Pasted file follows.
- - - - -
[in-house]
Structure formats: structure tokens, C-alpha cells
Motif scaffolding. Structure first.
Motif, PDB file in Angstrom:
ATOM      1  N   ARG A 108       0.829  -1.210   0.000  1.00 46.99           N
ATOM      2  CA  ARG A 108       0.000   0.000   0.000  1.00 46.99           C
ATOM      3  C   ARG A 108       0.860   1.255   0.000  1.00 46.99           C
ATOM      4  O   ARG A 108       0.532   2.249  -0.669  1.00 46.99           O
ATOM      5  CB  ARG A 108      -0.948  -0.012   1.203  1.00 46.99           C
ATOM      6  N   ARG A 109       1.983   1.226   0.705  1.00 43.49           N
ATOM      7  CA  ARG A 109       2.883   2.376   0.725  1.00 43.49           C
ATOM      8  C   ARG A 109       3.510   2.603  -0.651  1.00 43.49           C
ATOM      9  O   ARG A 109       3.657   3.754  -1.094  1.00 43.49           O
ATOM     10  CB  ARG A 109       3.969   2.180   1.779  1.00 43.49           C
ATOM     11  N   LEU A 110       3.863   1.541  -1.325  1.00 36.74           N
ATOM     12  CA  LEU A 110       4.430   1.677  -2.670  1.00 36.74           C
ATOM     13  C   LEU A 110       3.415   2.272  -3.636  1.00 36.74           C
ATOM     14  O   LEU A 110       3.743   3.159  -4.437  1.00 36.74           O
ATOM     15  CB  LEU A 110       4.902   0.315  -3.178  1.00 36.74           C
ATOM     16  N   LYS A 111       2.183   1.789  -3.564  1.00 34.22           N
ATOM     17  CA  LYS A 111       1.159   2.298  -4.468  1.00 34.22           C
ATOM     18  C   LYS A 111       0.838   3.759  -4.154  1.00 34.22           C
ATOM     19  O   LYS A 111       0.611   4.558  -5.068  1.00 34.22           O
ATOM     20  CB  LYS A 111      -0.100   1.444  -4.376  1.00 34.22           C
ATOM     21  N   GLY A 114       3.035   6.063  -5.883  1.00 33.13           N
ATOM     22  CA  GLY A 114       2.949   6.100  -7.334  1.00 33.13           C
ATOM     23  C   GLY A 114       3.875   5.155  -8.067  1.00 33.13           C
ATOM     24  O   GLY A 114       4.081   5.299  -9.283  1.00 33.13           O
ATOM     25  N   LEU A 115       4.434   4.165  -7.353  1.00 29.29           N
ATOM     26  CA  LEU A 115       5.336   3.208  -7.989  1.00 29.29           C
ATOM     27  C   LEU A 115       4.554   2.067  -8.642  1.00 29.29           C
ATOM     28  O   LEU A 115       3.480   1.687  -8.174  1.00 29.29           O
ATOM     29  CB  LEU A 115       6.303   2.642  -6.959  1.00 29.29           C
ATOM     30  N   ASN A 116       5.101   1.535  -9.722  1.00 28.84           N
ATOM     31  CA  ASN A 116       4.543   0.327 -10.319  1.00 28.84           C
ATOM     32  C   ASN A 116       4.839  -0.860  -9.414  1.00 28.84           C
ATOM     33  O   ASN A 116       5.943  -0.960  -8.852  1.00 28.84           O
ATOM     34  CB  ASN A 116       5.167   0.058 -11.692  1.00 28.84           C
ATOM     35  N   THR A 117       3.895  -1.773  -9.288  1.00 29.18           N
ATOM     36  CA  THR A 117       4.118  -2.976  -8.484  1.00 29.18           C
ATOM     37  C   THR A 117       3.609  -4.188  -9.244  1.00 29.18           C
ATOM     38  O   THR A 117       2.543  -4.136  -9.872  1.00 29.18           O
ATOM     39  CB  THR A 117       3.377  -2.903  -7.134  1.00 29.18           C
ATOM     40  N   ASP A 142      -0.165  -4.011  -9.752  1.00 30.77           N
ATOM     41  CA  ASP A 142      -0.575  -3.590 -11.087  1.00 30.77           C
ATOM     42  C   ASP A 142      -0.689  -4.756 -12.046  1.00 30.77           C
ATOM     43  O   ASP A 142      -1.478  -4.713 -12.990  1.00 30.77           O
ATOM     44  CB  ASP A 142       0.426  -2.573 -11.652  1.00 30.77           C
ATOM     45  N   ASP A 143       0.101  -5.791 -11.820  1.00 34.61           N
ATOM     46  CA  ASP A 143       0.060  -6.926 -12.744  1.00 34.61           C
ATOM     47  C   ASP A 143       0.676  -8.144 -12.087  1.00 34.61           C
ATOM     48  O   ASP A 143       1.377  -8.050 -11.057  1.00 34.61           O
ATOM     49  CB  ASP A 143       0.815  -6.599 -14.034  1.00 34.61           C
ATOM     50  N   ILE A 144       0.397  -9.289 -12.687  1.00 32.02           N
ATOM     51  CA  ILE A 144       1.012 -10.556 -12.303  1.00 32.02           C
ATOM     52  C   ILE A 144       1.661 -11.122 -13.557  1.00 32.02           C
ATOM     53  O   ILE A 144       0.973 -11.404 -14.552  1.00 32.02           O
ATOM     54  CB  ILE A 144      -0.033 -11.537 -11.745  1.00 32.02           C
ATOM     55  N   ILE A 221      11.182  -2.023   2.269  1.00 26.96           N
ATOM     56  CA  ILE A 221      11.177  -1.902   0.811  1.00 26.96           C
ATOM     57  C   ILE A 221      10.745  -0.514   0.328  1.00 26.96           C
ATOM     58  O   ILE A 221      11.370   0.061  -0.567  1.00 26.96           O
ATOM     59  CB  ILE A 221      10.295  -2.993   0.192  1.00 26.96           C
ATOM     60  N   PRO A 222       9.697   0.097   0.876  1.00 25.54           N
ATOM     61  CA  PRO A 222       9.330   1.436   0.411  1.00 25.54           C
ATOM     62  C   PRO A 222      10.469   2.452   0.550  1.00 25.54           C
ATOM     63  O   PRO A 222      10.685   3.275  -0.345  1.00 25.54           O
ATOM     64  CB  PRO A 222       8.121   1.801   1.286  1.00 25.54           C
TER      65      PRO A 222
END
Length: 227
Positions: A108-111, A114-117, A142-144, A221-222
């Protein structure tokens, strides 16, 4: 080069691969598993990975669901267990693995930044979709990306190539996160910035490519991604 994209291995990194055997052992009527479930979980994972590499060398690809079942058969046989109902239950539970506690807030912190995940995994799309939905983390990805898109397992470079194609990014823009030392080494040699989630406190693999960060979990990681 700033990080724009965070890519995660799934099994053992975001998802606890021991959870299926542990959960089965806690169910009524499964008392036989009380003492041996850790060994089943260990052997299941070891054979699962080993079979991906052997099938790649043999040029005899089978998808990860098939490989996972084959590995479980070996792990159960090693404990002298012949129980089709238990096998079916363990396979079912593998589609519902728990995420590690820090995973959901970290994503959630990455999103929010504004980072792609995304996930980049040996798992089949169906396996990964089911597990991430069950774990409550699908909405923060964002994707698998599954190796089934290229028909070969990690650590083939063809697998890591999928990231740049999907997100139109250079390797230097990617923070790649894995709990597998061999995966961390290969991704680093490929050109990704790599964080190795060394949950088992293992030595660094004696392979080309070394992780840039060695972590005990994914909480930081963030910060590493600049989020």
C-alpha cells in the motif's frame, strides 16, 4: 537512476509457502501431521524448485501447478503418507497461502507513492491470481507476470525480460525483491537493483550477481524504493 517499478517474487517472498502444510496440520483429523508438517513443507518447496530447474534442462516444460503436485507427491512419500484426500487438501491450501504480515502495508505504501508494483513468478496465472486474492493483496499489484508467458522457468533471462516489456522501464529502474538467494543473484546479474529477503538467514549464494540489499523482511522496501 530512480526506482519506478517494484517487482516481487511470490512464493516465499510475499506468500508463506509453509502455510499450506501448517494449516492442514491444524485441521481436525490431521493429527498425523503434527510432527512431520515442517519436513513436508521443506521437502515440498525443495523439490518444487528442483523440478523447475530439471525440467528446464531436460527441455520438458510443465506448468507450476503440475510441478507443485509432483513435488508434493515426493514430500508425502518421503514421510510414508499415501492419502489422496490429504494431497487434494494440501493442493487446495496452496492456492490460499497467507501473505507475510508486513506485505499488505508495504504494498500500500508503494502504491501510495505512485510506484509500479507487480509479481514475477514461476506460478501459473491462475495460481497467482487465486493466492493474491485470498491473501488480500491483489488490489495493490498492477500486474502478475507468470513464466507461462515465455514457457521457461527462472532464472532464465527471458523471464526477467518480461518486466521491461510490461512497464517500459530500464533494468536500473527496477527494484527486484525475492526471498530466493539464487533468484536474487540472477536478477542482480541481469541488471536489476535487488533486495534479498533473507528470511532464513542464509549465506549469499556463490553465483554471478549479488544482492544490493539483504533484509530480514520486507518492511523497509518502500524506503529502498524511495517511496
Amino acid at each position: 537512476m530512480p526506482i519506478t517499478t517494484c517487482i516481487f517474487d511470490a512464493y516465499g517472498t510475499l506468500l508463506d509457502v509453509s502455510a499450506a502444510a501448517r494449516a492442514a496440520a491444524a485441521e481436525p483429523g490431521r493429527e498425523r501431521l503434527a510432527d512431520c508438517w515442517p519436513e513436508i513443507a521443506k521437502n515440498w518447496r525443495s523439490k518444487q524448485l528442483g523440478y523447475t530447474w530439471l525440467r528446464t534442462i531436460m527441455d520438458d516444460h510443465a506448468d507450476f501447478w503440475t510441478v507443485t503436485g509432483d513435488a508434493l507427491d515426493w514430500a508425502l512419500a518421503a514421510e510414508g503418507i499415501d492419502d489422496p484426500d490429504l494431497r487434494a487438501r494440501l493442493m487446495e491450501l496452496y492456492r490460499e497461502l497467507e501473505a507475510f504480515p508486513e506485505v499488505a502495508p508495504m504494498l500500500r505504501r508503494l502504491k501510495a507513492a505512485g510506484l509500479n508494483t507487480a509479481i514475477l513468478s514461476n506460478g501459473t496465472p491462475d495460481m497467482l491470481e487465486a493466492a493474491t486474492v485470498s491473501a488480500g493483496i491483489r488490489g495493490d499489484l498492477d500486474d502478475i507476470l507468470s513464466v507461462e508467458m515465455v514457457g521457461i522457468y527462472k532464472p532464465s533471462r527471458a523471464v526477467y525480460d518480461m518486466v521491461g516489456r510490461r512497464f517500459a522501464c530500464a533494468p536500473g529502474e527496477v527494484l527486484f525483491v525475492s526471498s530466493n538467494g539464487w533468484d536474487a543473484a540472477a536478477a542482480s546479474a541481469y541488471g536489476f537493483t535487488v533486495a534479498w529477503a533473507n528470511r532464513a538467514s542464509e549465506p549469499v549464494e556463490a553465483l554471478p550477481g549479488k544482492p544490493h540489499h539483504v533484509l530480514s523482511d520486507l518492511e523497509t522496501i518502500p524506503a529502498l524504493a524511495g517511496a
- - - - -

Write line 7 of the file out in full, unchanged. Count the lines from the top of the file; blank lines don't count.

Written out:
ATOM      3  C   ARG A 108       0.860   1.255   0.000  1.00 46.99           C